A royalty trust, according to Investopedia, is:
“A type of special-purpose financing created to hold investments or their cash flows in operating companies. These trusts are neither stocks nor bonds but investment trusts (a legal entity). Royalty trusts buy the right to royalties on the production and sale of a natural resource company and pass on the profits to trust unit holders.”
They are somewhat similar to MLPs, and royalty trusts generally offer investors extremely high yields- which is their main benefit. Royalty trusts are almost exclusively found in the U.S. and Canada, and tend to own oil and/or gas wells. For further reading on the advantages of royalty trusts and their comparisons to MLPs, click here. The bottom line here is that royalty trusts can deliver high yield with many other advantages (like avoiding the corporate income tax) in today’s yield-starved environment. They also have finite existences (they eventually expire as assets become depleted) and are required to pay out almost all of their cash flows, although these cash flows can swing and fluctuate greatly (due to their ties to commodity prices and production). Listed below are a few to consider:
High yield in the Gulf of Mexico
Marine Petroleum Trust (NASDAQ:MARPS) ), through its subsidiary, Marine Petroleum Corporation, operates as a royalty trust in the United States. As of Sep. 19, 2012, Marine had an overriding royalty interest in 58 oil and natural gas leases covering approximately 217,056 gross acres located in the Central and Western areas of the Gulf of Mexico, off the coasts of Louisiana and Texas. The stock has a relatively tiny market cap of around $28 million, with around a million in cash and no debt.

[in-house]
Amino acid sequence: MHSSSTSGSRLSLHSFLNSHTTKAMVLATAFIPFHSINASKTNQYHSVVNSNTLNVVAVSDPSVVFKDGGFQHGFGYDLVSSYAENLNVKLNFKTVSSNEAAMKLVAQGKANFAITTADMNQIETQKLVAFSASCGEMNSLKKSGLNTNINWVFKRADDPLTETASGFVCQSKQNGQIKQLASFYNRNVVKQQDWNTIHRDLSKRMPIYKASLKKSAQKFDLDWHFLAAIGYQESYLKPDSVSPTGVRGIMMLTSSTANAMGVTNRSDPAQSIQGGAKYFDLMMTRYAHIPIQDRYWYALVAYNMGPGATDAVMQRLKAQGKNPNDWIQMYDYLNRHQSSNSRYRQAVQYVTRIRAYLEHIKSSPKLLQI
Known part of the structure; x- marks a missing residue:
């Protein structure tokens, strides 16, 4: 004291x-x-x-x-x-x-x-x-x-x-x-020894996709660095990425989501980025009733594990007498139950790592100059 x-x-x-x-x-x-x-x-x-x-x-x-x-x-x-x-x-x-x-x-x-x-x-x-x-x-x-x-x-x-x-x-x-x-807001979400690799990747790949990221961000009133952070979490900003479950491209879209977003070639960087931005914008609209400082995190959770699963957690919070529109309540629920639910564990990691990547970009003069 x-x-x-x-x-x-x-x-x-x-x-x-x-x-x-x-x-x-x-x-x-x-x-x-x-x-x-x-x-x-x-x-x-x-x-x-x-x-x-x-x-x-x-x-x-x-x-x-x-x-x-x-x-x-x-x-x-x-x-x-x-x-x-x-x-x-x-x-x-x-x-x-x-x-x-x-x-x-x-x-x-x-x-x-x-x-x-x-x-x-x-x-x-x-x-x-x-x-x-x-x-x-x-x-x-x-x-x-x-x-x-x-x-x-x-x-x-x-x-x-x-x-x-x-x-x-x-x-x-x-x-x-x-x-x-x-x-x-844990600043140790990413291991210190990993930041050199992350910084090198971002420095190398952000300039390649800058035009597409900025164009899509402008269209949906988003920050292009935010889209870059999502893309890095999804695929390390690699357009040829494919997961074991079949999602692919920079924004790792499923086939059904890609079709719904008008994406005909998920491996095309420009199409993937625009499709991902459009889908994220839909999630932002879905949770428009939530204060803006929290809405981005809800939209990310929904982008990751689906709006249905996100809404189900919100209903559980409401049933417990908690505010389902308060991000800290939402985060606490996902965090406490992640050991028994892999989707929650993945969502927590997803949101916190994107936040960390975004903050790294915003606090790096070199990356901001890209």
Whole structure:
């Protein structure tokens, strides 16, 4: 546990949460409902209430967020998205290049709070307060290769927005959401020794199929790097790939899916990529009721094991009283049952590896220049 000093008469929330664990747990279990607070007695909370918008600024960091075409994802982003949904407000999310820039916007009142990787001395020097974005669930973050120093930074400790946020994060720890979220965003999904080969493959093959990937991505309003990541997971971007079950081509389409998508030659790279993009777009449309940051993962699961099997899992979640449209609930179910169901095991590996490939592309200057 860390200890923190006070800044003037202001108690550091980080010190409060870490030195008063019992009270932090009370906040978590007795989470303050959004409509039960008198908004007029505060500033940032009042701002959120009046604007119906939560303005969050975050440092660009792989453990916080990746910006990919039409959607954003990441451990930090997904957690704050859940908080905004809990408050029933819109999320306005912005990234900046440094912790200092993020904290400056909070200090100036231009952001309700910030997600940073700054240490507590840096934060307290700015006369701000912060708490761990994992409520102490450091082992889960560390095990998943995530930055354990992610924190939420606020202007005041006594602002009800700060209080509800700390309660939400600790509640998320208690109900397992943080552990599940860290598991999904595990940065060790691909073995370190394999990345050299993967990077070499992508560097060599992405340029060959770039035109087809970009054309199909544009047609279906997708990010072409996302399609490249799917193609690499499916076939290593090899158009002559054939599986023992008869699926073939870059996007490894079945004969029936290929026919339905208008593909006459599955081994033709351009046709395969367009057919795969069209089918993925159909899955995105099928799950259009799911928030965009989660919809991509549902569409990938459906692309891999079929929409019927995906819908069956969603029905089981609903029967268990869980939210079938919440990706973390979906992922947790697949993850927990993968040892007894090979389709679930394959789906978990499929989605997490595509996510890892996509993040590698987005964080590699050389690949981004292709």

The royalty trust was organized for the sole purpose of providing an orderly, and practical means for the administration and liquidation of rights to payments from certain oil and natural gas leases- primarily in the Gulf of Mexico, according to their website. Also, according to the trust’s site, “The term of the Trust is set to expire on June 1, 2021, unless extended by the vote of the holders of a majority of the outstanding units of beneficial interest,” which means that at the termination date “the net proceeds from any sale or liquidation will be distributed in a final distribution to the Unit holders of record at that time.”
The best thing about this trust is the dividend- yielding 8.3%. Shares of the trust, which are technically considered “units of beneficial interest” are traded just like a regular stock on the market. Investors should continue to remember, however, that the “dividend” is technically classified as royalty income – which is taxed as ordinary income at marginal rates like the payouts of any other royalty trust.
BP Prudhoe Bay Royalty Trust (NYSE:BPT) ) operates as a grantor trust in the United States. The company holds overriding royalty interests constituting a non-operational interest in minerals in the Prudhoe Bay oil field located on the North Slope in Alaska. The Prudhoe Bay field extends approximately 12 miles by 27 miles and contains approximately 150,000 gross productive acres. As of December 31, 2011, its estimated net remaining proved reserves were 82.304 million barrels of oil and condensate, of which 73.476 million barrels were proved developed reserves, and 8.828 million barrels were proved undeveloped reserves. The company was founded in 1989 and is based in Austin, Texas. The trust currently yields almost 12%.